Southern Breeze Summer 2003

Art Restoration Finds Place in Big Easy
by Marilyn Culpepper

New Orleans is an old city. Indeed, the Old World flavor of the place is one of the strongest attractions drawing thousands of visitors annually and creating new residents daily.

Blake Vonder Haar is one of many people who came as a visitor and made New Orleans home. Now president and conservator-in-charge of The New Orleans Conservation Guild, Inc., she manages to blend the city’s old and new artistic efforts in a unique way.

The extensively traveled Blake, who opened the Guild in 1998, works with a team of a dozen conservators who have rescued antique treasures ranging from cracked and broken glass and decorative arts to frames that have lost their luster to dilapidated period furniture and water-damaged portraits by Early American masters. The Guild’s work goes beyond the walls of its rambling home in an appealing old two-story brick commercial building at 3301 Chartres Street, a mere pulse-beat from the heart of the high-energy city.

Art owners are encouraged to call, write or e-mail for information about restoration needs, curatorial care and collections management. Blake says high professional standards are a hallmark of her team and she has heard far too many “tragic stories” from clients who came to the Guild after being duped by those purporting to be restoration specialists who lacked the training and skills that the profession requires.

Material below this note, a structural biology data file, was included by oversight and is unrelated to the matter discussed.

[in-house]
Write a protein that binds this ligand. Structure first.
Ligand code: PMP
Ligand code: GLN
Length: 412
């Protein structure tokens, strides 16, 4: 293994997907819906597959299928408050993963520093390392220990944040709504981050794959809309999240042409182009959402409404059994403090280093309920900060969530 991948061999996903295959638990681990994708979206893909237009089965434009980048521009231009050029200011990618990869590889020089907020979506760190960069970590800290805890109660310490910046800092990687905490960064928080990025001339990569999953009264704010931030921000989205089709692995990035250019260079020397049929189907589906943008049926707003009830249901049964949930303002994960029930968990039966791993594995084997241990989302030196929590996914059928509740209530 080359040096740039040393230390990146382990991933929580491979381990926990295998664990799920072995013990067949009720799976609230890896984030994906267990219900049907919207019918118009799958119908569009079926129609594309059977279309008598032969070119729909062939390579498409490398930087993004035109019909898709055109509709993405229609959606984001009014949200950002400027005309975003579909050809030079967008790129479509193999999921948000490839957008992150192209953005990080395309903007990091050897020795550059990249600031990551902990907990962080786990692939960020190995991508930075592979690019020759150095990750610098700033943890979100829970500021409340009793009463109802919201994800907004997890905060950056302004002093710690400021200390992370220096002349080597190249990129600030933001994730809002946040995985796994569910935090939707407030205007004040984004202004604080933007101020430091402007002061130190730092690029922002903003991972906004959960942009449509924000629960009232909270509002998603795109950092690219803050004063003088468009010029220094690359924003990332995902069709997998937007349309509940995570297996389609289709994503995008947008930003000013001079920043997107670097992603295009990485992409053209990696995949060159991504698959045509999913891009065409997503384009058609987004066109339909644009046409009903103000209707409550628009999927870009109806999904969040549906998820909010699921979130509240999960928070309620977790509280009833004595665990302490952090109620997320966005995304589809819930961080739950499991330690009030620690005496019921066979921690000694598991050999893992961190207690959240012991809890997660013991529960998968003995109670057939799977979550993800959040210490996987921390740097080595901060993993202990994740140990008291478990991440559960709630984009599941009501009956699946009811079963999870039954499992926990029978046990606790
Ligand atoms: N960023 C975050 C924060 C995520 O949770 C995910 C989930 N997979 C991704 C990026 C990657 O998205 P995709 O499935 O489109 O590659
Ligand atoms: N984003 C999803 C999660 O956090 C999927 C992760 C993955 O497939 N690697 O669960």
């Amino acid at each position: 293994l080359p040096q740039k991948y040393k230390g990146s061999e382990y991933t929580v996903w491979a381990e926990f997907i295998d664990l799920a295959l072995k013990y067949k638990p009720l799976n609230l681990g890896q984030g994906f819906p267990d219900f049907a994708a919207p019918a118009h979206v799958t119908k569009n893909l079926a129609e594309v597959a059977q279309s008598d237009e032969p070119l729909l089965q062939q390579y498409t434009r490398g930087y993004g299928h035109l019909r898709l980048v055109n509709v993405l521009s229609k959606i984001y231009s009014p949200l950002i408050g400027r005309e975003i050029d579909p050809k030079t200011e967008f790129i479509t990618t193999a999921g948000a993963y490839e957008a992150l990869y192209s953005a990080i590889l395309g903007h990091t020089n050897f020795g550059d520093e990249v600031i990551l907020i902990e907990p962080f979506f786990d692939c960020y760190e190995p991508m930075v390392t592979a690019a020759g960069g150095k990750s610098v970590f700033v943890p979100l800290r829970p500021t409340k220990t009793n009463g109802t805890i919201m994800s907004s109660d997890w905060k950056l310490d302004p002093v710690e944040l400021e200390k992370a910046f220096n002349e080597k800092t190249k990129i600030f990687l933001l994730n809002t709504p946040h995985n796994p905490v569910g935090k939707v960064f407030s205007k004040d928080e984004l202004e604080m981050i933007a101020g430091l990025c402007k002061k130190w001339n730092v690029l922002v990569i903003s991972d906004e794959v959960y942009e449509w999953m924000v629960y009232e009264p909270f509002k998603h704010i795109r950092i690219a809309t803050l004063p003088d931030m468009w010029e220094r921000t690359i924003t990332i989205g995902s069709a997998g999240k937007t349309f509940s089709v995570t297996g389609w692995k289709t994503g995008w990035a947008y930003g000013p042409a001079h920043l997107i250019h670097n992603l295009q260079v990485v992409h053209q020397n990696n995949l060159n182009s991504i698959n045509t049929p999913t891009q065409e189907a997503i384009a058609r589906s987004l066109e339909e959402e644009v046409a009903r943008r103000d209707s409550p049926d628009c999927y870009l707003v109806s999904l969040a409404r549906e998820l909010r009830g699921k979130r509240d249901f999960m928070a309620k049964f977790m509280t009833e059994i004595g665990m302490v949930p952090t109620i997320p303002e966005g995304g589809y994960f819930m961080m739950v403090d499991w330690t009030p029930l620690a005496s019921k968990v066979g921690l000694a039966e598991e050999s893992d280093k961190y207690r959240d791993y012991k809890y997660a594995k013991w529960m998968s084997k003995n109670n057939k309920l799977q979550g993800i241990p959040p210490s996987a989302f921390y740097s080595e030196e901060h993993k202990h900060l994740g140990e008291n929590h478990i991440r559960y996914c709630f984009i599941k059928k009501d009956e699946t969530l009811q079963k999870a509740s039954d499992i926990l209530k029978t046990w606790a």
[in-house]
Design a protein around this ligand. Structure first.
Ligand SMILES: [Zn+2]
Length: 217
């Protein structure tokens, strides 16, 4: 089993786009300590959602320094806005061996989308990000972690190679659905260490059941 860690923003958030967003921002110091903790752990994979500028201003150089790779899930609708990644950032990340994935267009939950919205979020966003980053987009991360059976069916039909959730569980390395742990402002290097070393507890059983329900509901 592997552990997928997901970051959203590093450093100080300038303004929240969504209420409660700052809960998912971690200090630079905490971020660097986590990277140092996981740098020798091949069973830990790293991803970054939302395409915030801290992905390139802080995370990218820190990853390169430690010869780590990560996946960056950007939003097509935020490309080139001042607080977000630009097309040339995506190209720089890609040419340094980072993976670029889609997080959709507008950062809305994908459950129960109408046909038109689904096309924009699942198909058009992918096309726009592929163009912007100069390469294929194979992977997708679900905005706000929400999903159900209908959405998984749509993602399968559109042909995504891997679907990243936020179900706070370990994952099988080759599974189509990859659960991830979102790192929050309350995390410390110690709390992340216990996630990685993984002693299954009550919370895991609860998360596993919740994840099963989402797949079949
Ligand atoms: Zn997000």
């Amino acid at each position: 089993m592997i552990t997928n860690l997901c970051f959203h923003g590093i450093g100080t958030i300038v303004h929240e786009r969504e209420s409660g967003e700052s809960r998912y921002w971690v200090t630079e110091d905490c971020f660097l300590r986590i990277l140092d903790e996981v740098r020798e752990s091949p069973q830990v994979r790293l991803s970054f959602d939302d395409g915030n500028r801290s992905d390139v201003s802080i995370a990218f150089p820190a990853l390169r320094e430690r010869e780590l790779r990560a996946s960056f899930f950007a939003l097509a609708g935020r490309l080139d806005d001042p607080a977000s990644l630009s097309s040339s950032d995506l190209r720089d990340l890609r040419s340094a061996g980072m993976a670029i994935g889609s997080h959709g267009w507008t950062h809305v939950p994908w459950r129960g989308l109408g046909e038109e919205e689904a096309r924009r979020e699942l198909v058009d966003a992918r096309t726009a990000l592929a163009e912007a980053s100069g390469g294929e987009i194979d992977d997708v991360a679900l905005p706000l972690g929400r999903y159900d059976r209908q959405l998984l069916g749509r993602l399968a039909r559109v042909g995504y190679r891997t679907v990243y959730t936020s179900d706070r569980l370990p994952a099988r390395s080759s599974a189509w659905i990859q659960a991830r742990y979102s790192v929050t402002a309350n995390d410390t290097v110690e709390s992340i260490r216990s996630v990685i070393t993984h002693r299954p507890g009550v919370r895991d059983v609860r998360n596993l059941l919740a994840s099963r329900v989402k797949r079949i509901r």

“There’s no standard certification for conservators,” she explained. She said that until only a decade or so ago there were no university degree programs in art restoration and that many practitioners were self-taught. That’s the motivation for adding apprentices working under her supervision to the conservation team.

The Guild’s clients include museums, galleries and auction houses as well as private and public collections worldwide. Making your way through rows of plaster statues in various stages of repair and restoration reminds the visitor of an antique shop in Florence or a museum workspace in virtually any European city.

The Guild opens its Vintage and Antique Frame Gallery and Frame Studio—located on the ground floor—Monday through Friday 11 a.m.–6 p.m. and every third Saturday.

The Guild sponsors Bywater Art Market, held the third Saturday of each month, showcasing works by area painters, sculptors, potters and furniture makers. Shoppers will be delighted by the relatively low prices to be found at this quality art sale.

For more information on art restoration, visit or call the business listed below:
New Orleans Conservation Guild, Inc.
3301 Chartres Street, New Orleans, LA 70117-6201
504-944-7900, fax: 504-944-8750

Antique and Vintage Frame Gallery And Custom Frame Studio
Open Monday–Friday 11 a.m.–6 p.m., plus third Saturday of each month 11 a.m.–5 p.m.

Bywater Art Market
3301 Chartres at Piety Street, New Orleans
Open third Saturday of each month 9 a.m.–3 p.m
504-944-7900 for information and exhibitor application


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Contact us for more information:
New Orleans Conservation Guild, Inc.
3620 Royal Street
New Orleans, La. 70117

Phone: (504) 944-7900
Fax: (504) 944-8750